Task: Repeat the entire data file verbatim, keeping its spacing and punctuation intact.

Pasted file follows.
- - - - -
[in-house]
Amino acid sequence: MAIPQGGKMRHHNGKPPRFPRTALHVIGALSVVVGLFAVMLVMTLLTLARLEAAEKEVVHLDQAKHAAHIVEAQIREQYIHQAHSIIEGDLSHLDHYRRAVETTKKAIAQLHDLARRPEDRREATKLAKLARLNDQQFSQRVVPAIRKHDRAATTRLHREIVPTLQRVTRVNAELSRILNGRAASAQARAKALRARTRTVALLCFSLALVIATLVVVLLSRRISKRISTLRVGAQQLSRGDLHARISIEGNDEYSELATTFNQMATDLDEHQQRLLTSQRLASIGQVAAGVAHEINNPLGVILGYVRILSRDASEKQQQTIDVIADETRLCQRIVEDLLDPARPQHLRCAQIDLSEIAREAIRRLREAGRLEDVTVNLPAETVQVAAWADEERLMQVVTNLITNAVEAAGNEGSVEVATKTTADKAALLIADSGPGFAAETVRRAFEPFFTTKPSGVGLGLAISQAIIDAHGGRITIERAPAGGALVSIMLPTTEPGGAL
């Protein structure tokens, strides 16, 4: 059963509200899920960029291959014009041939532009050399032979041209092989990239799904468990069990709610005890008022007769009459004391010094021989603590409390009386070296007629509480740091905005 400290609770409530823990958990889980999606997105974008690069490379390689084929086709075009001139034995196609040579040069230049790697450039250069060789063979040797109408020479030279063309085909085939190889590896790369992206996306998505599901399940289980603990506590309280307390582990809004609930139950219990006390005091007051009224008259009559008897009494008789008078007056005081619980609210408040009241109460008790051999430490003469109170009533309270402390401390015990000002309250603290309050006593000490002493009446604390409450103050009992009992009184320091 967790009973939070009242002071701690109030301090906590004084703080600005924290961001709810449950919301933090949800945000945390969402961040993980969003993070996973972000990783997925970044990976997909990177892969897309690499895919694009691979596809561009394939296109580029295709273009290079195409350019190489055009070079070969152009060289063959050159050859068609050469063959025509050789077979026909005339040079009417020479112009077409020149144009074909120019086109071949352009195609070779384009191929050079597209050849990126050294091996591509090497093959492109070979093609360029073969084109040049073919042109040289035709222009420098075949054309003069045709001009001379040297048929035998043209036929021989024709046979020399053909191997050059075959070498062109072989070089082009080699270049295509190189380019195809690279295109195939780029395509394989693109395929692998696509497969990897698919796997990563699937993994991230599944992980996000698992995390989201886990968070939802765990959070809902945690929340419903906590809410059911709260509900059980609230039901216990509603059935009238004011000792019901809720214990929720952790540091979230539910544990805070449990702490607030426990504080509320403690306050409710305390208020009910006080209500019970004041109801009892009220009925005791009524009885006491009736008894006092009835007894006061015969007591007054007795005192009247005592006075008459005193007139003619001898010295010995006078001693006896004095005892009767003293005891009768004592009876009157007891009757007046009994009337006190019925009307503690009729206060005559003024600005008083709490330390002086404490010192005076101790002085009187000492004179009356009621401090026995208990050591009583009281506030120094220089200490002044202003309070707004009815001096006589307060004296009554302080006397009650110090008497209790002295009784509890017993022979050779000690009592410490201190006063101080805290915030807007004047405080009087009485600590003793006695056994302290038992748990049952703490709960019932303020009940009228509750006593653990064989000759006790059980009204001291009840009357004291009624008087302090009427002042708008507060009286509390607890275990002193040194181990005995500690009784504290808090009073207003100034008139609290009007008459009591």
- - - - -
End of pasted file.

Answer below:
[in-house]
Amino acid sequence: MAIPQGGKMRHHNGKPPRFPRTALHVIGALSVVVGLFAVMLVMTLLTLARLEAAEKEVVHLDQAKHAAHIVEAQIREQYIHQAHSIIEGDLSHLDHYRRAVETTKKAIAQLHDLARRPEDRREATKLAKLARLNDQQFSQRVVPAIRKHDRAATTRLHREIVPTLQRVTRVNAELSRILNGRAASAQARAKALRARTRTVALLCFSLALVIATLVVVLLSRRISKRISTLRVGAQQLSRGDLHARISIEGNDEYSELATTFNQMATDLDEHQQRLLTSQRLASIGQVAAGVAHEINNPLGVILGYVRILSRDASEKQQQTIDVIADETRLCQRIVEDLLDPARPQHLRCAQIDLSEIAREAIRRLREAGRLEDVTVNLPAETVQVAAWADEERLMQVVTNLITNAVEAAGNEGSVEVATKTTADKAALLIADSGPGFAAETVRRAFEPFFTTKPSGVGLGLAISQAIIDAHGGRITIERAPAGGALVSIMLPTTEPGGAL
């Protein structure tokens, strides 16, 4: 059963509200899920960029291959014009041939532009050399032979041209092989990239799904468990069990709610005890008022007769009459004391010094021989603590409390009386070296007629509480740091905005 400290609770409530823990958990889980999606997105974008690069490379390689084929086709075009001139034995196609040579040069230049790697450039250069060789063979040797109408020479030279063309085909085939190889590896790369992206996306998505599901399940289980603990506590309280307390582990809004609930139950219990006390005091007051009224008259009559008897009494008789008078007056005081619980609210408040009241109460008790051999430490003469109170009533309270402390401390015990000002309250603290309050006593000490002493009446604390409450103050009992009992009184320091 967790009973939070009242002071701690109030301090906590004084703080600005924290961001709810449950919301933090949800945000945390969402961040993980969003993070996973972000990783997925970044990976997909990177892969897309690499895919694009691979596809561009394939296109580029295709273009290079195409350019190489055009070079070969152009060289063959050159050859068609050469063959025509050789077979026909005339040079009417020479112009077409020149144009074909120019086109071949352009195609070779384009191929050079597209050849990126050294091996591509090497093959492109070979093609360029073969084109040049073919042109040289035709222009420098075949054309003069045709001009001379040297048929035998043209036929021989024709046979020399053909191997050059075959070498062109072989070089082009080699270049295509190189380019195809690279295109195939780029395509394989693109395929692998696509497969990897698919796997990563699937993994991230599944992980996000698992995390989201886990968070939802765990959070809902945690929340419903906590809410059911709260509900059980609230039901216990509603059935009238004011000792019901809720214990929720952790540091979230539910544990805070449990702490607030426990504080509320403690306050409710305390208020009910006080209500019970004041109801009892009220009925005791009524009885006491009736008894006092009835007894006061015969007591007054007795005192009247005592006075008459005193007139003619001898010295010995006078001693006896004095005892009767003293005891009768004592009876009157007891009757007046009994009337006190019925009307503690009729206060005559003024600005008083709490330390002086404490010192005076101790002085009187000492004179009356009621401090026995208990050591009583009281506030120094220089200490002044202003309070707004009815001096006589307060004296009554302080006397009650110090008497209790002295009784509890017993022979050779000690009592410490201190006063101080805290915030807007004047405080009087009485600590003793006695056994302290038992748990049952703490709960019932303020009940009228509750006593653990064989000759006790059980009204001291009840009357004291009624008087302090009427002042708008507060009286509390607890275990002193040194181990005995500690009784504290808090009073207003100034008139609290009007008459009591």